The un-exceptionalism of U.S. exceptionalism.

Author:Safrin, Sabrina
 
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ABSTRACT

This Article challenges the prevailing view that the United States acts exceptionally by examining the insufficiently considered legal exceptionalism of other countries. It puts U.S. exceptionalism in perspective by identifying European exceptionalism as well as noting developing country exceptionalism, pointing to the exceptional rules sought by the European Union and by developing countries in numerous international agreements and institutions. It argues that most nations seek different international rules for themselves when they perceive themselves to have an exceptional need. Indeed, in cases of exceptional need, numerous countries believe themselves entitled to exceptional legal accommodation and may even perceive other countries' unwillingness to accommodate their needs as unfair. Requests for special treatment even exhibit a pattern.

This Article concludes by suggesting that the present emphasis on U.S. legal exceptionalism is overstated at best, misguided and even dangerous at worst. Furthermore, having shown that most nations seek exceptional legal accommodation, or double standards, in certain situations, it identifies some parameters for future work on the proper place for exceptionalism in international law.

TABLE OF CONTENTS I. INTRODUCTION II. A CLOSER LOOK AT U.S. EXCEPTIONALISM III. EUROPEAN EXCEPTIONALISM A. Regional Economic Integration Organization Provisions and Participation in International Bodies B. Built-in Exceptions C. Mixed Agreements IV. DEVELOPING COUNTRY EXCEPTIONALISM: COMMON BUT DIFFERENTIATED RESPONSIBILITIES V. CONCLUSION I. INTRODUCTION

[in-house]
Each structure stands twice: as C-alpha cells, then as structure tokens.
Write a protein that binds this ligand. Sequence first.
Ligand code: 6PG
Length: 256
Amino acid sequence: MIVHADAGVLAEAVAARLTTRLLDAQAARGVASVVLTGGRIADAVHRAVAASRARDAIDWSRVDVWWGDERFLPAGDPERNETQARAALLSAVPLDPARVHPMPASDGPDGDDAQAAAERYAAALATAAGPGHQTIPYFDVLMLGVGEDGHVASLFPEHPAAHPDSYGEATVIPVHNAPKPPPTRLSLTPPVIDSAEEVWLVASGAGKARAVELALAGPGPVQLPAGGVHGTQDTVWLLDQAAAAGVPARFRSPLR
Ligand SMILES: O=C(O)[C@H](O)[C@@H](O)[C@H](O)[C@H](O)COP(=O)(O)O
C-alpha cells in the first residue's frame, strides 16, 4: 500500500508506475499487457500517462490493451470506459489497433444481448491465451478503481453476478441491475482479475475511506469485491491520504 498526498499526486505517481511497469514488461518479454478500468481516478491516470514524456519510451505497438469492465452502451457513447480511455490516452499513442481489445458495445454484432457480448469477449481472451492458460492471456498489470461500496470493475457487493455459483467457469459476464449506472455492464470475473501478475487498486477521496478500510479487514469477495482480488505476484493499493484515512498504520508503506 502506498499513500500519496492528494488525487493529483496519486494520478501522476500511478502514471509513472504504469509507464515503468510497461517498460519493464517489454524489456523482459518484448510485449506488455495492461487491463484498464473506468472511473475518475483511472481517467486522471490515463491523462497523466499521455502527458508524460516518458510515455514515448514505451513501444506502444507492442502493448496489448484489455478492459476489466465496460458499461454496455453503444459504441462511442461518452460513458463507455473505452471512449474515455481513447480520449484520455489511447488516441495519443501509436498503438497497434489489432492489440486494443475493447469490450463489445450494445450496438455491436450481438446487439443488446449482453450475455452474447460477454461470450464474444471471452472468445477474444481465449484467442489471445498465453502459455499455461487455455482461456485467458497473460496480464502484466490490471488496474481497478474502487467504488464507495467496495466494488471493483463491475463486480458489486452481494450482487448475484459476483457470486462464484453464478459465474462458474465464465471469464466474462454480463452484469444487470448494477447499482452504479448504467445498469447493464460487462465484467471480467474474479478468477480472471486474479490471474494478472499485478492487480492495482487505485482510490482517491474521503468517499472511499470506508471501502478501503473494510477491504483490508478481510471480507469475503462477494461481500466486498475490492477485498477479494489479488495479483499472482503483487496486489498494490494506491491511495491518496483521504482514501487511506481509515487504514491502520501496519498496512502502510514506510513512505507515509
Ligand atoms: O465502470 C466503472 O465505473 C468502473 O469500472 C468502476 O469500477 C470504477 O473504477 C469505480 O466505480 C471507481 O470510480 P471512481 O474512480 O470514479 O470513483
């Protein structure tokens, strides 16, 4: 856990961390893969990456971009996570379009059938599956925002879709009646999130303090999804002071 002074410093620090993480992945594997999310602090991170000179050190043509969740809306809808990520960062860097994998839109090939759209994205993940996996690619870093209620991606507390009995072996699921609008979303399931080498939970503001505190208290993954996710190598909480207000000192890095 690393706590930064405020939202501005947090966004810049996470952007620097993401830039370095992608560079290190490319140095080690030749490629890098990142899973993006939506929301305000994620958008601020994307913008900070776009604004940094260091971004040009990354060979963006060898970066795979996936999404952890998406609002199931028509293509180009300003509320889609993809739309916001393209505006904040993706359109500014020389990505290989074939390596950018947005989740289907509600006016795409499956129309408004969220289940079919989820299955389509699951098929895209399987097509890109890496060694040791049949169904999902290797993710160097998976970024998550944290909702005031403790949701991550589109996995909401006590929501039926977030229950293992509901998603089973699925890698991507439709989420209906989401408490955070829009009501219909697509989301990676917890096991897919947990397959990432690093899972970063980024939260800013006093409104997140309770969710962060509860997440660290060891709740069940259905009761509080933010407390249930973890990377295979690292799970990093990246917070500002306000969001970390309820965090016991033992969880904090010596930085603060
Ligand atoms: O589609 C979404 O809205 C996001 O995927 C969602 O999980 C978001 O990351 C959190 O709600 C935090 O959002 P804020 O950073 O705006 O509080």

Nations, like children, are each exceptional in their own way. This Article challenges the prevailing view that the United States acts exceptionally by examining the insufficiently considered legal exceptionalism of other countries. A nation that is "exceptional" seeks to apply a legal rule for itself that differs from an existing or emerging international norm as reflected in a multilateral treaty--behavior that might be called, in the words of Harold Koh, pursuit of a double standard. (1) This definition of legal exceptionalism differs from the historical understanding of American exceptionalism, credited to Alexis de Tocqueville, which refers to the United States' perception that it differs qualitatively from other nations due to its unique history, origins, and special political institutions, and that it serves as a beacon to other nations. (2) The attitude and policies of the George W. Bush Administration have increased and amplified allegations of the United States' legal exceptionalism. (3) However, concern over U.S. legal exceptionalism and unilateralism predates the Bush Administration and will likely persist after it. (4)